Land for a sanitary depot at the site of what is now the George Street Reserve was vested in the South Perth Roads Board and the Town of Victoria Park in 1901.
Newspaper reports from the time show considerable discussion between the State Government, Victoria Park and South Perth with early expectations of an area that would “never become objectionable to anyone, as it contains something like 2,000 acres”. Colocation of the facilities by the two councils was considered economic and by 1903 South Perth had progressed with the specifications for its modern facility that “provided for the pans being cleansed with super-heated steam, instead of the present system of cleansing with cold water.”
This is the first recorded clearing of bushland in what is now the Jirdarup Bushland Precinct.
By 1932 the depot was taking 2,000 pans a week and in 1934 South Perth was considering its options to move the depot and appointed a committee to investigate its options.
From the mid-1930s and building up to a peak with the opening of Kent St High School in 1940, community outrage at the “disgusting” and “pestiferous” condition of the sanitary depot grew.
Newspapers and Hansard from the 1940s show considerable public anger about the sanitary depot with it being described variously as a “Foul Menace” and “one of the most disgusting sights.” Up to 10,000 pans of human waste now being collected by the night cart were reportedly dumped each week.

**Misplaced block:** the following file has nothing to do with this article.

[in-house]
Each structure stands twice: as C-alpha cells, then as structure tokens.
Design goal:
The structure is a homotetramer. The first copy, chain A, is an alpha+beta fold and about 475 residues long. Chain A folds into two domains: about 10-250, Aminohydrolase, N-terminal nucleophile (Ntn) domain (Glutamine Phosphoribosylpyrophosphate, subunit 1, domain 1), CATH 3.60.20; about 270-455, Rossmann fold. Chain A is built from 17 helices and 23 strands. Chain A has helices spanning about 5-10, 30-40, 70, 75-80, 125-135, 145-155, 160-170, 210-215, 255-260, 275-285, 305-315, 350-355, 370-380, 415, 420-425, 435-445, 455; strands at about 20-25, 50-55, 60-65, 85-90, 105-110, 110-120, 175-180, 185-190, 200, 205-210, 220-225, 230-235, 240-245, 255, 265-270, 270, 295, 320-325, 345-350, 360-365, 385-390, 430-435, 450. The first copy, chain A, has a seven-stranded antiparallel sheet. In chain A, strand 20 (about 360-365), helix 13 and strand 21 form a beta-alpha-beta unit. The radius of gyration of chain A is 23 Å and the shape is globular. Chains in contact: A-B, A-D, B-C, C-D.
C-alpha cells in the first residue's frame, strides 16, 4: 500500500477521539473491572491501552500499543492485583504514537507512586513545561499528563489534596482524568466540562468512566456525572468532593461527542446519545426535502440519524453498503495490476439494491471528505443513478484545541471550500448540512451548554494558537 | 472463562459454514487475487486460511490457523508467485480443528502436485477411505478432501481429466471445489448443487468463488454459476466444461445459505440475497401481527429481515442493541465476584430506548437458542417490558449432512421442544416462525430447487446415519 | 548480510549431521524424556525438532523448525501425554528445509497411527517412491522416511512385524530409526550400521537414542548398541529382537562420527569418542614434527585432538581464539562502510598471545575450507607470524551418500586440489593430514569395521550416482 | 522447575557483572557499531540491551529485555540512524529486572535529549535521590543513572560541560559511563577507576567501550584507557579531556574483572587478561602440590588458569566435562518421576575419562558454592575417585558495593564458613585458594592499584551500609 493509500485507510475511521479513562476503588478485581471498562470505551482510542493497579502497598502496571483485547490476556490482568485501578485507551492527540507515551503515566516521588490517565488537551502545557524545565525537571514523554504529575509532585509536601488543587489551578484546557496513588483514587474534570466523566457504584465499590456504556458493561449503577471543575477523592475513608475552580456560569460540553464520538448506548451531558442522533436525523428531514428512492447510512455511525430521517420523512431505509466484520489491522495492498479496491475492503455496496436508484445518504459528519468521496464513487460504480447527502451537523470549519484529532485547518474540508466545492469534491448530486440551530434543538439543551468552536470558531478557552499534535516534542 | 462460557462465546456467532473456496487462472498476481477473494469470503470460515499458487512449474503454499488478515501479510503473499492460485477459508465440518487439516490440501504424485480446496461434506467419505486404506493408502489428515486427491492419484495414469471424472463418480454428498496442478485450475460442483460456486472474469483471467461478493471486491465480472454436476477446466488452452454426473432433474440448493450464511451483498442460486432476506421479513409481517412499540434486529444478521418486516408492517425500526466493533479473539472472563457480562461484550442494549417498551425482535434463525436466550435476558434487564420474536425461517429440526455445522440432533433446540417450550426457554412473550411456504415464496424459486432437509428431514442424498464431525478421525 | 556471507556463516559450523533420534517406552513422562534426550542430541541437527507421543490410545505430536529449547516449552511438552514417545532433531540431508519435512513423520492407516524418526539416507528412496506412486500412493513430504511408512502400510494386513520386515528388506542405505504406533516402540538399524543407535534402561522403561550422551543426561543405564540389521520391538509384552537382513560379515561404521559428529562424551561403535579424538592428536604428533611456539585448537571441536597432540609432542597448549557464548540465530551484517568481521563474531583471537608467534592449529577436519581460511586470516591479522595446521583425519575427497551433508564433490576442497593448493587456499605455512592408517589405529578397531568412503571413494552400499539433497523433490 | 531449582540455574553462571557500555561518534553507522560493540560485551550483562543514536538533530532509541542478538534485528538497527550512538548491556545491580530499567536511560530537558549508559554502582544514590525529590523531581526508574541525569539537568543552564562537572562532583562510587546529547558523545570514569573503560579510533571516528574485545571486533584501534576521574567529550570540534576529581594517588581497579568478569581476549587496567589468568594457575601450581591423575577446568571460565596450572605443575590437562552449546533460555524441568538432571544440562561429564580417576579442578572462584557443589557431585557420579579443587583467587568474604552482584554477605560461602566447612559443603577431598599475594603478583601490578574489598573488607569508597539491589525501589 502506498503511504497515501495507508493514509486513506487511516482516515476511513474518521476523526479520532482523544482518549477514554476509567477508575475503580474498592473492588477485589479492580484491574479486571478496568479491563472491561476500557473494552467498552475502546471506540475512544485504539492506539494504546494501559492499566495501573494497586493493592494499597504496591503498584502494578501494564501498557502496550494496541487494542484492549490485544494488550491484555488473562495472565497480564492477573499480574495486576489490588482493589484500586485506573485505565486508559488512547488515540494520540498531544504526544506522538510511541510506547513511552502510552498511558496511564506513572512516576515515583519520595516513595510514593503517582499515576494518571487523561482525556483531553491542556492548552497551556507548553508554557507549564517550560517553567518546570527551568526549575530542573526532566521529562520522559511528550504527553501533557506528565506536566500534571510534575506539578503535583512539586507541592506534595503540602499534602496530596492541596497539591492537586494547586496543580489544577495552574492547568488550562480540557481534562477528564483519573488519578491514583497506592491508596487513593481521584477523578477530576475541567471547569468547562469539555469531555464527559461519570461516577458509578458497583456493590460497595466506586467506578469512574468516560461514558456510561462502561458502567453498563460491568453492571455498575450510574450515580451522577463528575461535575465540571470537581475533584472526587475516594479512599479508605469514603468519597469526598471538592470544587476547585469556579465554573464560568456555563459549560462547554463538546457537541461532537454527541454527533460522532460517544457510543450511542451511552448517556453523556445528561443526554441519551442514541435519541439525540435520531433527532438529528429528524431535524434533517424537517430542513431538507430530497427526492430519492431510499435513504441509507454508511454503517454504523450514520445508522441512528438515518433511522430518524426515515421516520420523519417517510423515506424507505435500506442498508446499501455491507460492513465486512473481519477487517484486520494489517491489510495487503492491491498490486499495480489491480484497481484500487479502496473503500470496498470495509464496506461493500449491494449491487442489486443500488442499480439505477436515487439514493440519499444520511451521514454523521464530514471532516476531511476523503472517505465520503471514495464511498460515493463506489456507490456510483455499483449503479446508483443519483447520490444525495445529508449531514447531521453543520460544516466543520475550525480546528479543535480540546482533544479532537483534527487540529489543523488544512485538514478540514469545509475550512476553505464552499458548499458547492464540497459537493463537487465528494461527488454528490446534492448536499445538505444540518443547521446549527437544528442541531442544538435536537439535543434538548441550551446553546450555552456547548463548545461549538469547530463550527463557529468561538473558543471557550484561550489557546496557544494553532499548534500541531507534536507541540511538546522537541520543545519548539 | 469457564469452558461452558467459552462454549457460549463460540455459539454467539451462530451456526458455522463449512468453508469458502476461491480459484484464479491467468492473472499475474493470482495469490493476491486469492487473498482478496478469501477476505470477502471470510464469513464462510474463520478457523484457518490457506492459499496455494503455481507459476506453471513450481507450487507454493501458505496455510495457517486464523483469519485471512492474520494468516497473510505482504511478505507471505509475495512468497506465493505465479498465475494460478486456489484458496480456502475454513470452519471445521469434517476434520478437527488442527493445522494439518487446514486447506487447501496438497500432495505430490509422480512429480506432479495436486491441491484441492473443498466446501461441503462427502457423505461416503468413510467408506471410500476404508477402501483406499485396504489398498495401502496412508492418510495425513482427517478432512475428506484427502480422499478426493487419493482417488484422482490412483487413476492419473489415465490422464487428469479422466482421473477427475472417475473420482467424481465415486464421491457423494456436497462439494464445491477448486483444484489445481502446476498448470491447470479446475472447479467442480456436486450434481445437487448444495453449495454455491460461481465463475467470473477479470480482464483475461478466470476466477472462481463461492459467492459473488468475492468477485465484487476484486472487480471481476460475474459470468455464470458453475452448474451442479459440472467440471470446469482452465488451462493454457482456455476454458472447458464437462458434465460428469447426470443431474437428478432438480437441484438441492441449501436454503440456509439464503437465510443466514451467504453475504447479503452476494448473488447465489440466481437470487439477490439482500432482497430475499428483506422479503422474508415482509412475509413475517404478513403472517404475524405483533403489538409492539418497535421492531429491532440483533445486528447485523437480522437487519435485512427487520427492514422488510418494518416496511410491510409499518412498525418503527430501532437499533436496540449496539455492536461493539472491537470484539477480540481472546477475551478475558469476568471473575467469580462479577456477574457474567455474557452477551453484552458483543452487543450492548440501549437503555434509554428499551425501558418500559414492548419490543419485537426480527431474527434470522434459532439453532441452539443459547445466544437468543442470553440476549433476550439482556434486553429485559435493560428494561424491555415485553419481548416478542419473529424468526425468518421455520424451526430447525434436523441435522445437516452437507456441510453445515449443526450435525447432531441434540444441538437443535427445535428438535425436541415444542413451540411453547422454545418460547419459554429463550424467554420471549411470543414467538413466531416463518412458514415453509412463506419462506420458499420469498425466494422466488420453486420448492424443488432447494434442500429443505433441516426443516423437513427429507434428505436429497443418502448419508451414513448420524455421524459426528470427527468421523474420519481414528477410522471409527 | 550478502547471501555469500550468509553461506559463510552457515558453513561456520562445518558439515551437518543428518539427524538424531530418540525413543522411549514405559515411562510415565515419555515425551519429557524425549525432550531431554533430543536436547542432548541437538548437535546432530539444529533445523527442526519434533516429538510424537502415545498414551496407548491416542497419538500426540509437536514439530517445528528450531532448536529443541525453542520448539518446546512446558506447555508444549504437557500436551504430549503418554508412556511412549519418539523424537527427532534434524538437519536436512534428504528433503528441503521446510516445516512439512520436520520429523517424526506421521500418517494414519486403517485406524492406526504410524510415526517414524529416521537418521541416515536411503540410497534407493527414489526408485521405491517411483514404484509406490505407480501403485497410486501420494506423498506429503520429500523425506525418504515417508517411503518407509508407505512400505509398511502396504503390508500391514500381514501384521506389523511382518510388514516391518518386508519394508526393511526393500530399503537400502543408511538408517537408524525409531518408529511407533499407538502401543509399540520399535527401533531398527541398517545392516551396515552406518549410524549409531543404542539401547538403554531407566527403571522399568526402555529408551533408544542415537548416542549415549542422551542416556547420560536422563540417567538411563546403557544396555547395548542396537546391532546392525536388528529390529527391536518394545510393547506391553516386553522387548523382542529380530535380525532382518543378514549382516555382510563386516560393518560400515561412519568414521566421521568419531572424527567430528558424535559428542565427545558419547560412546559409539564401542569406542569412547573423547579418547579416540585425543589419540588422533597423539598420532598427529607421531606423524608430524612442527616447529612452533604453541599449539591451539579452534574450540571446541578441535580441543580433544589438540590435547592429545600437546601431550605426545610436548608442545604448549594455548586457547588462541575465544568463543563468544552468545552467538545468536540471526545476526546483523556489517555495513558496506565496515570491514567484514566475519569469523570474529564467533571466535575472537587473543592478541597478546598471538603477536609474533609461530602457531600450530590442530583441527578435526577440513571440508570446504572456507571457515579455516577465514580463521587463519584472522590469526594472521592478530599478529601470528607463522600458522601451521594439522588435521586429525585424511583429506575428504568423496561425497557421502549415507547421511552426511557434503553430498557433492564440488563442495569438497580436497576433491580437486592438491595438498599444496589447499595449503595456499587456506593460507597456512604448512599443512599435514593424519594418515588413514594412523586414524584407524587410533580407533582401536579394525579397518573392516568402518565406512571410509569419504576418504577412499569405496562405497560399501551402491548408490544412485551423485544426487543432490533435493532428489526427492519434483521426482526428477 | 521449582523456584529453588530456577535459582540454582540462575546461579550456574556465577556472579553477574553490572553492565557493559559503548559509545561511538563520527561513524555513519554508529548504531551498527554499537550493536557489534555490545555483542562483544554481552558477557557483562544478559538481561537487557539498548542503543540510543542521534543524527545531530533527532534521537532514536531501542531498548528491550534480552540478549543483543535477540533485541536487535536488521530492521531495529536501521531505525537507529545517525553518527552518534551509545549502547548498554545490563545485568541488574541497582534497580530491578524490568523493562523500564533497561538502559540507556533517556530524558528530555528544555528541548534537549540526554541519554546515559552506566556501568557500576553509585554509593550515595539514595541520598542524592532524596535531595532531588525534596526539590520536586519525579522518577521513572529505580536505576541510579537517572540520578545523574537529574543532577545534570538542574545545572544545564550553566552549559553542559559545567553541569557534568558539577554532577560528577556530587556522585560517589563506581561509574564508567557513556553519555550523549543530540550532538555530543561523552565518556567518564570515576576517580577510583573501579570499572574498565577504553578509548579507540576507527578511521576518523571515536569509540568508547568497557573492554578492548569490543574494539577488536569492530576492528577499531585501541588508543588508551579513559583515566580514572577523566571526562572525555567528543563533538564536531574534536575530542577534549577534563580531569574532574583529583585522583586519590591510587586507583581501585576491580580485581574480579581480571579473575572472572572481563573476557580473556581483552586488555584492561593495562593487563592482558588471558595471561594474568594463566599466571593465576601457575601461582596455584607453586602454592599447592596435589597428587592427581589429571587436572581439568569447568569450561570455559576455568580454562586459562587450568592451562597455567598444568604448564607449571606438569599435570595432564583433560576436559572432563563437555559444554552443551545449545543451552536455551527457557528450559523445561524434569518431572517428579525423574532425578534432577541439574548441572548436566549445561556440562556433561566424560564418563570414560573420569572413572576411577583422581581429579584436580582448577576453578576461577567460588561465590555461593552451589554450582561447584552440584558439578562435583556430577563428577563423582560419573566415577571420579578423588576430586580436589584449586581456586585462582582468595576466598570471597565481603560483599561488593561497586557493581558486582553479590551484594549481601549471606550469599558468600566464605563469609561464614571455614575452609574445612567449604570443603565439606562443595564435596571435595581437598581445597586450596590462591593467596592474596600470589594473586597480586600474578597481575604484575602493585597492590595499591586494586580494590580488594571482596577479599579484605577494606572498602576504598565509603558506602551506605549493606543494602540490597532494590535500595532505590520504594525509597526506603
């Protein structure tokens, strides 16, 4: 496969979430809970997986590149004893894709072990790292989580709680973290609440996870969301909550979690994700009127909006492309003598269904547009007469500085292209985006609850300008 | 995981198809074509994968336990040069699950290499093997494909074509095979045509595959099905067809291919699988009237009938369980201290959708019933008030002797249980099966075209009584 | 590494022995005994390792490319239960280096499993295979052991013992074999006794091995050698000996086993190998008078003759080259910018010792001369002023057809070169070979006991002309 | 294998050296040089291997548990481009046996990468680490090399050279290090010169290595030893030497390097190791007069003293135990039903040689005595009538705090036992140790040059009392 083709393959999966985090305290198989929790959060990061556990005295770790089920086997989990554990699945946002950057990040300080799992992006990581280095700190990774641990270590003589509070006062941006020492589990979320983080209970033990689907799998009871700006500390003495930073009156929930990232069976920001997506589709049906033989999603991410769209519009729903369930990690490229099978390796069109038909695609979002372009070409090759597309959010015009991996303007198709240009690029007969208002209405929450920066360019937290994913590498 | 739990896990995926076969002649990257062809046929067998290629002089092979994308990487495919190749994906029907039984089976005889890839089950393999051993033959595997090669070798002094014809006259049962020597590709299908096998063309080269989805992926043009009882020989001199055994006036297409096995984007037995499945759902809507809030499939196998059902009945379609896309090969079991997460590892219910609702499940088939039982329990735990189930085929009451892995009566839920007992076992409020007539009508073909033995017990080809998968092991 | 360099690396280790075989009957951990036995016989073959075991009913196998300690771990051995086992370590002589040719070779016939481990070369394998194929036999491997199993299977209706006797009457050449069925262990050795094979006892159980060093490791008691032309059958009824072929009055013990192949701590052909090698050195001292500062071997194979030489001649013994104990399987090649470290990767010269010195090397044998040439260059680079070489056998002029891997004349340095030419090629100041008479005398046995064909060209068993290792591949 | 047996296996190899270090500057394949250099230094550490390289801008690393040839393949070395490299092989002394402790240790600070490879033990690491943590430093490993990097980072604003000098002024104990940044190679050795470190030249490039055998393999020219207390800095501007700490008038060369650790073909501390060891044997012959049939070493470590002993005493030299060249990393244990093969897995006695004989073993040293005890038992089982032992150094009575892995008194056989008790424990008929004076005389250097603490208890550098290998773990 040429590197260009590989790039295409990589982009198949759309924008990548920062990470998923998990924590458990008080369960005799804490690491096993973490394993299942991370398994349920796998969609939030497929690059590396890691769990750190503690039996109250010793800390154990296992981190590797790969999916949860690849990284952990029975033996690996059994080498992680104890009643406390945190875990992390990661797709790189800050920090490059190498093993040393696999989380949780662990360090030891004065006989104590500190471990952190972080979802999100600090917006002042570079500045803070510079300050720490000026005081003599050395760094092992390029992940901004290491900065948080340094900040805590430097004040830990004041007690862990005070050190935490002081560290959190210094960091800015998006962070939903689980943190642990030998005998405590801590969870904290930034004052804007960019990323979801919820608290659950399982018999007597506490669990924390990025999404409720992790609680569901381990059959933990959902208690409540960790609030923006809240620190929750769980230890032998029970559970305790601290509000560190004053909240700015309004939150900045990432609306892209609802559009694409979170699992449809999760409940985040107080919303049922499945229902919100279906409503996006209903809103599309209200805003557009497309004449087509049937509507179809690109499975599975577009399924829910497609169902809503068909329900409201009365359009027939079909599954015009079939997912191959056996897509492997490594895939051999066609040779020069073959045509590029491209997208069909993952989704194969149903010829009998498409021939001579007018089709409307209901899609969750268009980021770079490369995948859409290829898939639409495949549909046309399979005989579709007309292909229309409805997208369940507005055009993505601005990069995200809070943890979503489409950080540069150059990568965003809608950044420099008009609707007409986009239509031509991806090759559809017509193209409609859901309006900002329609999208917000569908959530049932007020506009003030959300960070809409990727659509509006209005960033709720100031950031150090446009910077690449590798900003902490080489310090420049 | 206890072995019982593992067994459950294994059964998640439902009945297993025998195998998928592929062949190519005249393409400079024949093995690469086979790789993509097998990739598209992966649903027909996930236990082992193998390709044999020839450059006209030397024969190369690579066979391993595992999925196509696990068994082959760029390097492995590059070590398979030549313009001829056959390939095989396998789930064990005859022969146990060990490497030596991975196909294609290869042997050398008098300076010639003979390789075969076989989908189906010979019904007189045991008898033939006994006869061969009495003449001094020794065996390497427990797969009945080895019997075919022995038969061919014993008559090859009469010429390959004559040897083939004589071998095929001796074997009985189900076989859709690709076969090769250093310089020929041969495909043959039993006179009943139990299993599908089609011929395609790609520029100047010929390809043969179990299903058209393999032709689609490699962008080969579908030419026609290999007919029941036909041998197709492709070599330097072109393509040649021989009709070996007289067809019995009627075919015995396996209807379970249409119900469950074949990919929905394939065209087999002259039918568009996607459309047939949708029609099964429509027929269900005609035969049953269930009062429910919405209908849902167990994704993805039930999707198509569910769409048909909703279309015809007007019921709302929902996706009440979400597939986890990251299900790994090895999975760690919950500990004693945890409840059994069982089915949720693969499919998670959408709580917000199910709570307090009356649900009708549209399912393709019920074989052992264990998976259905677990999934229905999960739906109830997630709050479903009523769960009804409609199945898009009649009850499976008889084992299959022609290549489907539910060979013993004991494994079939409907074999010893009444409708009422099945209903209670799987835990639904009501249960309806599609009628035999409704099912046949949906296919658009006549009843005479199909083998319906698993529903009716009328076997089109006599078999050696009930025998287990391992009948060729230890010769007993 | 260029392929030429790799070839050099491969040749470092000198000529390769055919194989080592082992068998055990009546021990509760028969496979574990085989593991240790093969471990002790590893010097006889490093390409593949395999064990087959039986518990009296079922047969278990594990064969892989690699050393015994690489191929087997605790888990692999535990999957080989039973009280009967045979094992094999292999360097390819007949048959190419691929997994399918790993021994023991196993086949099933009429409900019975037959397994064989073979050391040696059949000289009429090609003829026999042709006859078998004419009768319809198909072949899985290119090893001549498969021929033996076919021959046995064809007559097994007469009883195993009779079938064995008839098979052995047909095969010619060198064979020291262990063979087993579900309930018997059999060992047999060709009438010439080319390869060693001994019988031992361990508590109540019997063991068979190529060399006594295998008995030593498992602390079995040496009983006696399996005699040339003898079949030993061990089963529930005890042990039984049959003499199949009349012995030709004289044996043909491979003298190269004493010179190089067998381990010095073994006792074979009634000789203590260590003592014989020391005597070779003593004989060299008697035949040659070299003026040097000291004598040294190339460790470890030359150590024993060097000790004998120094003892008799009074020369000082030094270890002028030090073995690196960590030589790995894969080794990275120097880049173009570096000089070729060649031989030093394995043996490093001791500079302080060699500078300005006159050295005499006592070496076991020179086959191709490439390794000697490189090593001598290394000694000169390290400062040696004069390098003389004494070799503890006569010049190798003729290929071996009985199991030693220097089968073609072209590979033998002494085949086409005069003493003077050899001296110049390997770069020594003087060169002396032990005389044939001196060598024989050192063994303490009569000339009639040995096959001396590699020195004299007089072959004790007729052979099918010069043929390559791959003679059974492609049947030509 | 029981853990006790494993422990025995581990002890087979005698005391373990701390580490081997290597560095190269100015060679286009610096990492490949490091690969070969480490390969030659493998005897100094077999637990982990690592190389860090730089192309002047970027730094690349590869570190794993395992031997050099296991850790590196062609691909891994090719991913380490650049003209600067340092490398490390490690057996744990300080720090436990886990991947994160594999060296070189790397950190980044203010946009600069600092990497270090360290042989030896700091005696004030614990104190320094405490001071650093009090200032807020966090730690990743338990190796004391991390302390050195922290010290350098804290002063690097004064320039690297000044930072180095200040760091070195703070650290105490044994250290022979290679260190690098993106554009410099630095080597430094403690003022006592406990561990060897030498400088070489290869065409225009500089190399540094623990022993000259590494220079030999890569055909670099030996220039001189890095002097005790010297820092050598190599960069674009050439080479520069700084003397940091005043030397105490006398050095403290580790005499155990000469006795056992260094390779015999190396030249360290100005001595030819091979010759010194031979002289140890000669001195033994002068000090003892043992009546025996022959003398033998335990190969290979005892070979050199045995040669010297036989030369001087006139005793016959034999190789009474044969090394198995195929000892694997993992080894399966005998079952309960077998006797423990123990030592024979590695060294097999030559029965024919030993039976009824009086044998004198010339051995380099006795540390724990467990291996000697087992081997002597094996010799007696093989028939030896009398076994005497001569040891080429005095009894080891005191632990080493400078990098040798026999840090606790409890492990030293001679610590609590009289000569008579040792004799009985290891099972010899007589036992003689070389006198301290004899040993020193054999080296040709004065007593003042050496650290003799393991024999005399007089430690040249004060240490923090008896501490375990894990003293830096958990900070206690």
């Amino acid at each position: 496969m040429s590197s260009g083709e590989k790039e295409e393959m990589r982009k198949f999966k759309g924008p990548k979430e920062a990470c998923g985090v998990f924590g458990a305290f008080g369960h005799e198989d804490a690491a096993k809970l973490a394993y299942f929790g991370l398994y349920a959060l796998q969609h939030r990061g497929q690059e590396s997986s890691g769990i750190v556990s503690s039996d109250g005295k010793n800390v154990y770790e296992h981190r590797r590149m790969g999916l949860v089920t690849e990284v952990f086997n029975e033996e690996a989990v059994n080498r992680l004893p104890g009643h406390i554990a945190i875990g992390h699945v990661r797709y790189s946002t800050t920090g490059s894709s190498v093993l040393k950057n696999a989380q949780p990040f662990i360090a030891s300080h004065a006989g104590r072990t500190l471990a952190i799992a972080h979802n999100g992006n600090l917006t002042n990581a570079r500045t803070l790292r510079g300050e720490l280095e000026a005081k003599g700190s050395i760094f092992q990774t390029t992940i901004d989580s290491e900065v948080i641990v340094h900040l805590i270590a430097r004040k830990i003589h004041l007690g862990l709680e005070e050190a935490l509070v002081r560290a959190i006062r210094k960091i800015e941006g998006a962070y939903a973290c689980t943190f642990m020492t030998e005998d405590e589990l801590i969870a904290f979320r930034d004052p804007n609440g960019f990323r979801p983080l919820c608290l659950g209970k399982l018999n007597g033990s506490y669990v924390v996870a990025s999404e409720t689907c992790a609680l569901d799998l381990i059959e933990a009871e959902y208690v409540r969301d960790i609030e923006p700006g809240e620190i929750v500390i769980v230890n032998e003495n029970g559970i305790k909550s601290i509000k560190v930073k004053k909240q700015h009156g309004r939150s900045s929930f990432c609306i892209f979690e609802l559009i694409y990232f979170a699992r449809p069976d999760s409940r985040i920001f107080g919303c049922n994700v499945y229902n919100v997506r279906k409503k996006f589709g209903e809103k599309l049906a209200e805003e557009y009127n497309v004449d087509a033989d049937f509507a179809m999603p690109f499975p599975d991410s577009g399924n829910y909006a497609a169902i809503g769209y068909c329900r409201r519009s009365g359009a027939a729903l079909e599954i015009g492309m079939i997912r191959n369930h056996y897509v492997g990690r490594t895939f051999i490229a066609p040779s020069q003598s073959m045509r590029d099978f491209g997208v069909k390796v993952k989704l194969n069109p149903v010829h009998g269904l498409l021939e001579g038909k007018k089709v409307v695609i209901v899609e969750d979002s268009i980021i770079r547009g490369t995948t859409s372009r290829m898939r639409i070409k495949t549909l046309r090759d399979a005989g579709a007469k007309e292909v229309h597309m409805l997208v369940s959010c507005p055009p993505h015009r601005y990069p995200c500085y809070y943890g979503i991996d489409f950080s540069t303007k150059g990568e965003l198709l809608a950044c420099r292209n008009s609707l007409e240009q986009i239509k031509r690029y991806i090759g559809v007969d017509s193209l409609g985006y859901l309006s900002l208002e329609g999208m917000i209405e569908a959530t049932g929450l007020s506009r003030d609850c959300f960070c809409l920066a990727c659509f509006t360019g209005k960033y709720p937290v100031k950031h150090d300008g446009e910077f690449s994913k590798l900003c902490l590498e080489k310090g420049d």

It was finally closed in the late 1940s.
The area then remained covered in grass and weeds for over 50 years.
From 2010, the Town of Victoria Park has made significant steps towards conserving, restoring and expanding the bushland. In 2011, a ten-year program began to progressively revegetate the George St Reserve into bushland and integrate it in the Kensington Bushland.
In addition to vegetation from the local bushland, George Street Reserve also includes the Australian native trees, Corymbia maculata (the Spotted Gum) and the pink flowering species of Eucalyptus leucoxylon.